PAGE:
|Caliber 375 H&H Mag.|
|Bullet weight||Bullet type||Brand||Game|
|17.5 g / 270 gr||TSX||Dangerous Game|
|19.4 g / 300 gr||Solids||Norma Solids||Dangerous Game|
|19.4 g / 300 gr||A-Frame||Dangerous Game|
|19.4 g / 300 gr||Oryx||Norma Oryx||Dangerous Game|
|22.7 g / 350 gr||Weldcore||Norma African PH||Dangerous Game|
|22.7 g / 350 gr||Full Metal Jacket||Norma African PH||Dangerous Game|
When Holland & Holland designed this cartridge in 1912 a bullet diameter of .375” was considered a light medium bore. However, due to the relatively moderate recoil and the modern bullet design it soon became the most popular all-round cartridge for African hunting and has been so ever since. Due to the narrow shoulder of the cartridge the designers decided to incorporate a belt just behind the rim. Accordingly the cartridge originally was give the impressive title of: “ Holland & Holland’s .375 Belted Rimless Magnum Express.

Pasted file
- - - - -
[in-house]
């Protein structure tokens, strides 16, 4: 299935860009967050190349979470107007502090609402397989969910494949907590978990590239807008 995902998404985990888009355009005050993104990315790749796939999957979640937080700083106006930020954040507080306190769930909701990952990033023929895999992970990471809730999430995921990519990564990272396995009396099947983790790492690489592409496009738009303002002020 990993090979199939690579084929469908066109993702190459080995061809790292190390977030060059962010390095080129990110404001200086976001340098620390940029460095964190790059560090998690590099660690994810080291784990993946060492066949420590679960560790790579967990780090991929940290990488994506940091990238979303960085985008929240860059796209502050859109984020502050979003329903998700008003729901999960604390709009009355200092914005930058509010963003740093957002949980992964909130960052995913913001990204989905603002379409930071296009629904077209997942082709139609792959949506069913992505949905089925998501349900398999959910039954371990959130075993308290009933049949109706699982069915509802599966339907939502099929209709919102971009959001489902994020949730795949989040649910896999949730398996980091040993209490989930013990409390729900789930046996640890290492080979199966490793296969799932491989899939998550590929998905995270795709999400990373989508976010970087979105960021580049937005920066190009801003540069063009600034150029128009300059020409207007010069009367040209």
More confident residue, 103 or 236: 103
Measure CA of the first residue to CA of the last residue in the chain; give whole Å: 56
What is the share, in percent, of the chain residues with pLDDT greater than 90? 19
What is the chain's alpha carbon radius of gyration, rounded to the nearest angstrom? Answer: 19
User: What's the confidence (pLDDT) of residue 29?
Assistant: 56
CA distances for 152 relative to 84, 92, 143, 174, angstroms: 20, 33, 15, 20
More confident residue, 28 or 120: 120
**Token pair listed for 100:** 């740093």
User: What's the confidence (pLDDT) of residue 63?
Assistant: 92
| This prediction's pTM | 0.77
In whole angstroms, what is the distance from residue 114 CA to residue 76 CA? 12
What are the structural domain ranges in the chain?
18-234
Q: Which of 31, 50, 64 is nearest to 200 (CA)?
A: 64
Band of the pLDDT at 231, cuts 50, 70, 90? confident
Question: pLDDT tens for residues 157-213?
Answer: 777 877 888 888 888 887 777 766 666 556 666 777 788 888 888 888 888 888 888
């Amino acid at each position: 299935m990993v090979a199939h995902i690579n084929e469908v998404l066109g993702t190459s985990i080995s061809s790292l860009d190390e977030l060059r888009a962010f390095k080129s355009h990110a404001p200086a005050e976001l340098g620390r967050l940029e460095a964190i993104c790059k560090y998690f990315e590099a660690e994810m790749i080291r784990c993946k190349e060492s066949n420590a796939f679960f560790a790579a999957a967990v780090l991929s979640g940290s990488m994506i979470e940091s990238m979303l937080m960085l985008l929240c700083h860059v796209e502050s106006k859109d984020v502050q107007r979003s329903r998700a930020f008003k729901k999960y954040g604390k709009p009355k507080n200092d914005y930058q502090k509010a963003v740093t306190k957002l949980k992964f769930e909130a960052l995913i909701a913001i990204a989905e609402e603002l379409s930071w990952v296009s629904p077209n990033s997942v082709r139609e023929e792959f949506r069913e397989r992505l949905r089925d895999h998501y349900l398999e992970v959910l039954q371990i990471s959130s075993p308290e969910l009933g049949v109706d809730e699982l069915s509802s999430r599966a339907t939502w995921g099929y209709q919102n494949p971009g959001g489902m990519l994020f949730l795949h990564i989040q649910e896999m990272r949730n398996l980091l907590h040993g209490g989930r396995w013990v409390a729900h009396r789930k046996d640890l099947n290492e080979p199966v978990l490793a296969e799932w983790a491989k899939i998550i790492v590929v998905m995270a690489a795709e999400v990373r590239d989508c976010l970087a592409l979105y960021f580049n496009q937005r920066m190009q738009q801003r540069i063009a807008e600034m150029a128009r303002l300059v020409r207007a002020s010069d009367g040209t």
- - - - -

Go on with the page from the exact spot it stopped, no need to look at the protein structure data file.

The .375 was designed for use in a magnum length action, but as these were scarce before WW II many English gunmakers removed metal in front of the lower locking-lug in order to sufficiently enlarge the magazine of standard-length Mauser actions. As both options were costly, the case was soon used as a basis for a number of wildcats and commercial “short magnum” cartridges.
By modern standards one could consider the .375 H&H a .30-06 using a 9,5mm bullet, which isn’t a bad designation at all. With pointed bullets the .375 has a sufficiently flat trajectory to be used on most species, although unnecessary powerful for anything but the largest deer and bears in North America. It is also quite popular for moose hunting in Scandinavia, but it’s in Africa with her wide variety of antelopes and other game species that one can use the full potential of this great cartridge. With proper bullets the .375 it can be and is often being used for hunting buffalo and elephant, but it cannot be considered the best choice for this purpose.